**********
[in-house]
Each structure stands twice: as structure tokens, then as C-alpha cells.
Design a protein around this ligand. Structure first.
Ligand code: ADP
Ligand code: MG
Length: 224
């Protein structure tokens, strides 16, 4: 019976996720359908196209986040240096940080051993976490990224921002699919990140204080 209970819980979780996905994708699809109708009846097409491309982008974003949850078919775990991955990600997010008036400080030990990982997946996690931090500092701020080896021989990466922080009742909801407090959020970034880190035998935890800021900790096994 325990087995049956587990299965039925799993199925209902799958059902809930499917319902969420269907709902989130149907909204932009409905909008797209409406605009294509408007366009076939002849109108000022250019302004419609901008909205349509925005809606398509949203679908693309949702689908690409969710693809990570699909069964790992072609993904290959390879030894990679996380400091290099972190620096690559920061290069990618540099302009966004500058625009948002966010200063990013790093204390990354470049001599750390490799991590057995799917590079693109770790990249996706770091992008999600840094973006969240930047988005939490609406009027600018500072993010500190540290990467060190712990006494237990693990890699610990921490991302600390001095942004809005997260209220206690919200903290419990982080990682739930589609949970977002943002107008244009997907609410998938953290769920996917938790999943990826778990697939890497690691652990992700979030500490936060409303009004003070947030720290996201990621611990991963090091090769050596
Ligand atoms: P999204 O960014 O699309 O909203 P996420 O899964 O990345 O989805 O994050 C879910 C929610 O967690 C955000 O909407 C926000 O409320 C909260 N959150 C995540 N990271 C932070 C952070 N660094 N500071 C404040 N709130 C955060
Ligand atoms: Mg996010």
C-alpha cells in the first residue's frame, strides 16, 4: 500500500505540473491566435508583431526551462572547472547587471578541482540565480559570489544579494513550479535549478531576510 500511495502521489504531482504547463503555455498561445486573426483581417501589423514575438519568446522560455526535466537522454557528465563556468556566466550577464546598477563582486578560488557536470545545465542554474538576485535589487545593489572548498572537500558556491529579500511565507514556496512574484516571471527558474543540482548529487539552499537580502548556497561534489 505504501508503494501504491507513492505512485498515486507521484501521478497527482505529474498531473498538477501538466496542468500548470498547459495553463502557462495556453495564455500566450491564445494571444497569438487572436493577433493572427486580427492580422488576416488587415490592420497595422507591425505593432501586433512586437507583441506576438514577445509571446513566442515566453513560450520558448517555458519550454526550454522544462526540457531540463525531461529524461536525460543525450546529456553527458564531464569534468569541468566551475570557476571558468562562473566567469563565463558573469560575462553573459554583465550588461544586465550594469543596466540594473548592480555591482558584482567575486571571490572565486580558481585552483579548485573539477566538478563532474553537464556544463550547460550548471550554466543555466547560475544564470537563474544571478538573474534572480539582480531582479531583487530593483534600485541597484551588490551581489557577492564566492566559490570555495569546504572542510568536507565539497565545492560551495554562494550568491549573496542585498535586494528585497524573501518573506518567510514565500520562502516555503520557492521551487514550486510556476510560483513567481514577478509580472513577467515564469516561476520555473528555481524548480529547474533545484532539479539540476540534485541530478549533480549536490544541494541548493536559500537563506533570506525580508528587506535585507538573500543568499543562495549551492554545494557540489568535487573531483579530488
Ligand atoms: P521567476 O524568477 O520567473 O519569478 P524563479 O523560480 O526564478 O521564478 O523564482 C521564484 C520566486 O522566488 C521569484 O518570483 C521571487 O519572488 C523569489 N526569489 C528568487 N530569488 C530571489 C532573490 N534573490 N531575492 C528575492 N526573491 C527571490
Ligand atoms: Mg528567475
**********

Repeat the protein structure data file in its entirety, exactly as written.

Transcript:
[in-house]
Each structure stands twice: as structure tokens, then as C-alpha cells.
Design a protein around this ligand. Structure first.
Ligand code: ADP
Ligand code: MG
Length: 224
């Protein structure tokens, strides 16, 4: 019976996720359908196209986040240096940080051993976490990224921002699919990140204080 209970819980979780996905994708699809109708009846097409491309982008974003949850078919775990991955990600997010008036400080030990990982997946996690931090500092701020080896021989990466922080009742909801407090959020970034880190035998935890800021900790096994 325990087995049956587990299965039925799993199925209902799958059902809930499917319902969420269907709902989130149907909204932009409905909008797209409406605009294509408007366009076939002849109108000022250019302004419609901008909205349509925005809606398509949203679908693309949702689908690409969710693809990570699909069964790992072609993904290959390879030894990679996380400091290099972190620096690559920061290069990618540099302009966004500058625009948002966010200063990013790093204390990354470049001599750390490799991590057995799917590079693109770790990249996706770091992008999600840094973006969240930047988005939490609406009027600018500072993010500190540290990467060190712990006494237990693990890699610990921490991302600390001095942004809005997260209220206690919200903290419990982080990682739930589609949970977002943002107008244009997907609410998938953290769920996917938790999943990826778990697939890497690691652990992700979030500490936060409303009004003070947030720290996201990621611990991963090091090769050596
Ligand atoms: P999204 O960014 O699309 O909203 P996420 O899964 O990345 O989805 O994050 C879910 C929610 O967690 C955000 O909407 C926000 O409320 C909260 N959150 C995540 N990271 C932070 C952070 N660094 N500071 C404040 N709130 C955060
Ligand atoms: Mg996010």
C-alpha cells in the first residue's frame, strides 16, 4: 500500500505540473491566435508583431526551462572547472547587471578541482540565480559570489544579494513550479535549478531576510 500511495502521489504531482504547463503555455498561445486573426483581417501589423514575438519568446522560455526535466537522454557528465563556468556566466550577464546598477563582486578560488557536470545545465542554474538576485535589487545593489572548498572537500558556491529579500511565507514556496512574484516571471527558474543540482548529487539552499537580502548556497561534489 505504501508503494501504491507513492505512485498515486507521484501521478497527482505529474498531473498538477501538466496542468500548470498547459495553463502557462495556453495564455500566450491564445494571444497569438487572436493577433493572427486580427492580422488576416488587415490592420497595422507591425505593432501586433512586437507583441506576438514577445509571446513566442515566453513560450520558448517555458519550454526550454522544462526540457531540463525531461529524461536525460543525450546529456553527458564531464569534468569541468566551475570557476571558468562562473566567469563565463558573469560575462553573459554583465550588461544586465550594469543596466540594473548592480555591482558584482567575486571571490572565486580558481585552483579548485573539477566538478563532474553537464556544463550547460550548471550554466543555466547560475544564470537563474544571478538573474534572480539582480531582479531583487530593483534600485541597484551588490551581489557577492564566492566559490570555495569546504572542510568536507565539497565545492560551495554562494550568491549573496542585498535586494528585497524573501518573506518567510514565500520562502516555503520557492521551487514550486510556476510560483513567481514577478509580472513577467515564469516561476520555473528555481524548480529547474533545484532539479539540476540534485541530478549533480549536490544541494541548493536559500537563506533570506525580508528587506535585507538573500543568499543562495549551492554545494557540489568535487573531483579530488
Ligand atoms: P521567476 O524568477 O520567473 O519569478 P524563479 O523560480 O526564478 O521564478 O523564482 C521564484 C520566486 O522566488 C521569484 O518570483 C521571487 O519572488 C523569489 N526569489 C528568487 N530569488 C530571489 C532573490 N534573490 N531575492 C528575492 N526573491 C527571490
Ligand atoms: Mg528567475